Perspective isn’t a common songwriting topic.  Most songwriting conversations revolve around Point of View (POV), but there’s more to creating a unique song idea and story than just the main speaker’s point of view.

Perspective is something you can change while still keeping the point of view the same in your song.

Changing the perspective allows you to step to one side, or the other, and see a situation from another angle.  Many times, it can give your song the twist that separates from others with a similar song idea.

Before we jump into the exercise, let’s establish some definitions.




Point of view (POV) is how the story is being told and uses a variety of pronouns depending on the POV and the possessive tense (I, he/she, we, they, theirs, his, etc.).




Perspective is the voice of the speaker, informed by their beliefs, upbringing, cultural heritage and most importantly for a song, how they’re taking in the situation.  Are they thinking it to themselves, or saying it out loud to others?  What’s communicated can change significantly depending on the perspective.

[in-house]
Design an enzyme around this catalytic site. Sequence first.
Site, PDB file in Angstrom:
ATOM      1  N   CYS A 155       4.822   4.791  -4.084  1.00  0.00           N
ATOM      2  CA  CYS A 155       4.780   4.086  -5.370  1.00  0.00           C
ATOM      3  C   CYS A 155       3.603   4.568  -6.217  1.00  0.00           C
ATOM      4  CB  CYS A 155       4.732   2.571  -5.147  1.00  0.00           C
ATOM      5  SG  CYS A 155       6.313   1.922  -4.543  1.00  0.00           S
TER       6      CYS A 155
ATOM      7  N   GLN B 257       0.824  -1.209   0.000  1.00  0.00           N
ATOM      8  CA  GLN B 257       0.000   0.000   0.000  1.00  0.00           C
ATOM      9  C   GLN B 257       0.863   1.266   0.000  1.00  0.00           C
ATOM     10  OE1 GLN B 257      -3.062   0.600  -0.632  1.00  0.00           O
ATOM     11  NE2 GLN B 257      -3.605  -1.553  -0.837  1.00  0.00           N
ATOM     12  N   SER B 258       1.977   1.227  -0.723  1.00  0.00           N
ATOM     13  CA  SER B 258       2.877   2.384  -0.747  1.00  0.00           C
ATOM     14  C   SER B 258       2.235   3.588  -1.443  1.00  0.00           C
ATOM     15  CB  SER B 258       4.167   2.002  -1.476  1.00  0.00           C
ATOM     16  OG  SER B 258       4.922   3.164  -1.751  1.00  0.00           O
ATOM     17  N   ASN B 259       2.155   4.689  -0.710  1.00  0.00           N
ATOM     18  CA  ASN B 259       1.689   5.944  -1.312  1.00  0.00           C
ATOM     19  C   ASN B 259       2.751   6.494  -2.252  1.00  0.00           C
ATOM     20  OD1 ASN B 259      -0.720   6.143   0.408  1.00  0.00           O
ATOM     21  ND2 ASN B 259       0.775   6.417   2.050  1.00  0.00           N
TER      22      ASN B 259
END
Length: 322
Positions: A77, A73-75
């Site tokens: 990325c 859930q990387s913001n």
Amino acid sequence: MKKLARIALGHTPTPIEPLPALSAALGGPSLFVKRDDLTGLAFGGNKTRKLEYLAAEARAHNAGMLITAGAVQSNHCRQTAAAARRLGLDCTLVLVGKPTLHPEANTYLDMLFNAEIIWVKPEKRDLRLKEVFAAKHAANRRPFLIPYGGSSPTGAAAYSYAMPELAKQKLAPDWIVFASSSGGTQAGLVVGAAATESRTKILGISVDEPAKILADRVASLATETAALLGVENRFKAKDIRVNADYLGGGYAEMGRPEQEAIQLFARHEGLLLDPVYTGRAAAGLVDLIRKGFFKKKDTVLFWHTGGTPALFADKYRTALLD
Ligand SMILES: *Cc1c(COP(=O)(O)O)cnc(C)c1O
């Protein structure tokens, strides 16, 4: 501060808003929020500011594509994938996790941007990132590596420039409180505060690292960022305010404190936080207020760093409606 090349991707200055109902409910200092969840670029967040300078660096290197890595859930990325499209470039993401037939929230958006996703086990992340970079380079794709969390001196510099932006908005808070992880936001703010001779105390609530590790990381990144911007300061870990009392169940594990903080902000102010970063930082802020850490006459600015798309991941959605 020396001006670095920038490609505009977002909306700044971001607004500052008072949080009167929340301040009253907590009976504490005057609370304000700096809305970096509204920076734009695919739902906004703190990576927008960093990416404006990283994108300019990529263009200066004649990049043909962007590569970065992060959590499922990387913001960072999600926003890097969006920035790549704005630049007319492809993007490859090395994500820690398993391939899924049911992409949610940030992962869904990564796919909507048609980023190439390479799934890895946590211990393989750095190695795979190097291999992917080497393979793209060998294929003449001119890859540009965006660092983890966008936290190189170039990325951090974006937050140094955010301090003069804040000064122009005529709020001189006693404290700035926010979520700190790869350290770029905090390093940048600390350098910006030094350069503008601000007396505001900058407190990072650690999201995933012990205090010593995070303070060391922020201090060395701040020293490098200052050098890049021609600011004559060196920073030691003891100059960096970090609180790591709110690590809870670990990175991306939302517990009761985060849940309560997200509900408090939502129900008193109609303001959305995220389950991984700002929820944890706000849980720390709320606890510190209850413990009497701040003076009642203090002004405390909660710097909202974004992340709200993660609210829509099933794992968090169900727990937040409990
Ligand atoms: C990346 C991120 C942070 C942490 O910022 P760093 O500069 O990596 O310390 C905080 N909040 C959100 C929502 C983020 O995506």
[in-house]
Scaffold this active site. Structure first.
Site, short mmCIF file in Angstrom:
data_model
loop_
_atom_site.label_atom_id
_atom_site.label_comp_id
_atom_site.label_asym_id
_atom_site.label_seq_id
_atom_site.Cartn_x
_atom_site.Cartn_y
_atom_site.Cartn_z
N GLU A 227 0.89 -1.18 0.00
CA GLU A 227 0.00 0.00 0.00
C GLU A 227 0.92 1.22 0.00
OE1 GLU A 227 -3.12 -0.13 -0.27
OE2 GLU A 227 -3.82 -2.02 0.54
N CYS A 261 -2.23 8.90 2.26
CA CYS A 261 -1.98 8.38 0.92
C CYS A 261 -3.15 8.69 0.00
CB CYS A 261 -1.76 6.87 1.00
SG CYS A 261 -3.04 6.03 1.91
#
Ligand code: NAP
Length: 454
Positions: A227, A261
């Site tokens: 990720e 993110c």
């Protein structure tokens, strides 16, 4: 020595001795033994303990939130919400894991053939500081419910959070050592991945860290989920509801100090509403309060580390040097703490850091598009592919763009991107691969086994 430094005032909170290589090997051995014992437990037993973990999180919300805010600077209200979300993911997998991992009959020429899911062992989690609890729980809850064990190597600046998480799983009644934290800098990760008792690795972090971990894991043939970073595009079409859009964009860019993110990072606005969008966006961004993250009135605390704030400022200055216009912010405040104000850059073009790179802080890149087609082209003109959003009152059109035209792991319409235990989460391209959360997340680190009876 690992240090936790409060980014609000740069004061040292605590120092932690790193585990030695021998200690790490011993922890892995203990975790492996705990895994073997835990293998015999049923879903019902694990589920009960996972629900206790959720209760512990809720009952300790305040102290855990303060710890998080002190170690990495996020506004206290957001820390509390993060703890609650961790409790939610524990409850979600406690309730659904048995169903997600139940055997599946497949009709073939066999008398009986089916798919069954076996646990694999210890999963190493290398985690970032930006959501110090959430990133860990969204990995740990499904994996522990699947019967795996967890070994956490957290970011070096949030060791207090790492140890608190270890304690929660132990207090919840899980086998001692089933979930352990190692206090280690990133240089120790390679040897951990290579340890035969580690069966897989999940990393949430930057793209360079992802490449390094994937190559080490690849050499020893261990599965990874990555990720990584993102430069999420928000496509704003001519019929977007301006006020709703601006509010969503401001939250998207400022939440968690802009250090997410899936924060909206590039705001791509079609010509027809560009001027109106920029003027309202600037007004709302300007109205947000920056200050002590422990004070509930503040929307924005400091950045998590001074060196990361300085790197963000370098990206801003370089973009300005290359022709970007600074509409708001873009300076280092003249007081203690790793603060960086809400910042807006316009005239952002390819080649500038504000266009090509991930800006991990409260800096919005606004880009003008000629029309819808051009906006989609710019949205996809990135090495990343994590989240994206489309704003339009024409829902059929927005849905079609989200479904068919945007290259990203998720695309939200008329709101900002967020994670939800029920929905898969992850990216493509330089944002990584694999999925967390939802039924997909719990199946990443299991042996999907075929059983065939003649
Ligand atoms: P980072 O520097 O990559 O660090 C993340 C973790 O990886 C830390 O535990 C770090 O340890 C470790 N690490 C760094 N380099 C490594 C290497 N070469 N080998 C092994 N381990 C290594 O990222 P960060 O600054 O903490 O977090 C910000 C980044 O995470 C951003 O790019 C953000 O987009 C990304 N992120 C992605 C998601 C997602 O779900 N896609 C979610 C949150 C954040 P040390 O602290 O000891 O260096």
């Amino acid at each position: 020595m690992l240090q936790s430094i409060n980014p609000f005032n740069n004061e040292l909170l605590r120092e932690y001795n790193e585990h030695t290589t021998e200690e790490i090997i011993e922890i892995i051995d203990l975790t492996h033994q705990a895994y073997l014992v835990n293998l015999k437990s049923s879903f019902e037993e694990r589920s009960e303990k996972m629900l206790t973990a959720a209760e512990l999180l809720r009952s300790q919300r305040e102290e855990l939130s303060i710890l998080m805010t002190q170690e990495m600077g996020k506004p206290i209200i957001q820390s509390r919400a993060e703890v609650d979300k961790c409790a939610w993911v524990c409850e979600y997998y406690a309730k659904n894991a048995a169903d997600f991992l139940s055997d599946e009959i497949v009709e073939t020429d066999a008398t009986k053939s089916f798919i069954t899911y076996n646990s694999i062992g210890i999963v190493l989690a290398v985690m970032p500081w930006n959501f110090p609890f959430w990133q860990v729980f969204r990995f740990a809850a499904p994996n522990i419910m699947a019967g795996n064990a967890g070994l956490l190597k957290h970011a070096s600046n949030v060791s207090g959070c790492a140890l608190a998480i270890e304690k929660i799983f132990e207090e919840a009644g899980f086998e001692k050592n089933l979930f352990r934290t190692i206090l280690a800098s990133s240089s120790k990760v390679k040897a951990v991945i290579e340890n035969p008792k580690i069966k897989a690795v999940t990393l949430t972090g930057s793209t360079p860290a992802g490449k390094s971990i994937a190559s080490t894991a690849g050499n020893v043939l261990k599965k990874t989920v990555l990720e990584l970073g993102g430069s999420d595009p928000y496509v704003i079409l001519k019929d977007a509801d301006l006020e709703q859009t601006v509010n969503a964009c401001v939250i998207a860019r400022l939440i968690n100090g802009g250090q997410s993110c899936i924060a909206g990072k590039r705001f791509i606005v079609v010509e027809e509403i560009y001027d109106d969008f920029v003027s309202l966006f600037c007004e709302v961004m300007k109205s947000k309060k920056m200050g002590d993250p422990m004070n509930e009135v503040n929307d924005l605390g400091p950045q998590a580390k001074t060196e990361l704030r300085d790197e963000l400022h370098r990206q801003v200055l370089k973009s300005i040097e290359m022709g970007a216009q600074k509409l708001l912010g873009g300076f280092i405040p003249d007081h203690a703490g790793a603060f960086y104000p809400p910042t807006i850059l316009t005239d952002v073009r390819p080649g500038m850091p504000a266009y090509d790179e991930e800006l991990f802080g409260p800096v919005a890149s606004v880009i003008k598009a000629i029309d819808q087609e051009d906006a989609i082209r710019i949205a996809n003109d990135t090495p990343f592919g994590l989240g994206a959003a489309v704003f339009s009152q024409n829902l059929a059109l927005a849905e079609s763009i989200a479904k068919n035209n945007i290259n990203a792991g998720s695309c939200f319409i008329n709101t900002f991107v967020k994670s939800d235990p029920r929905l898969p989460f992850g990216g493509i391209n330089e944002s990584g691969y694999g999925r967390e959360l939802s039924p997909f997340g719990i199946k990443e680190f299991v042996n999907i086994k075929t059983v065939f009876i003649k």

Point of view focuses on the “who” while Perspective focuses on how the speaker is seeing the scene. For example, is the main character’s voice Internal (thinking to themselves) or External (talking to others).

So how do you work through your point of view and perspective options?

And more importantly, how do you make it second nature as you write?


Perspective Change Exercise


1  Select a song you’ve already written and identify the following:

  • What is the current point of view?
  • What is the current perspective?
    • Internal/thinking to themselves
    • External/talking to others
  • Is the perspective consistent throughout?
    • If it’s an internal conversation, is it internal all the way through, or are some things being said out loud, while others are deep internal thoughts?
    • If not consistent, change the lyric so it is
  • Now switch the perspective to the opposite and rewrite the lyric


2  After the change, answer the following questions:

  • What doesn’t make sense anymore?
  • What becomes more interesting?
  • Does a verse need to change?
  • Has the chorus’ meaning changed or does it still work?
  • Does the emotional engagement increase or decrease?
  • Overall, does the song idea become stronger because of the shift in perspective?


3  Pick another song with a different POV

Ideally, you’ll do this exercise for a song in first person, second person/direct address and third person.


3 Take a few minutes to go through each song (read the out loud or play them).  You can also send then to a songwriting buddy, play them live, or try them out on your family members.

Get some responses and then write down the answers to the following questions:

  • Which version is the strongest?
  • Why?
  • Did your listeners note anything specific that resonated with them?
  • Which one will be your keeper?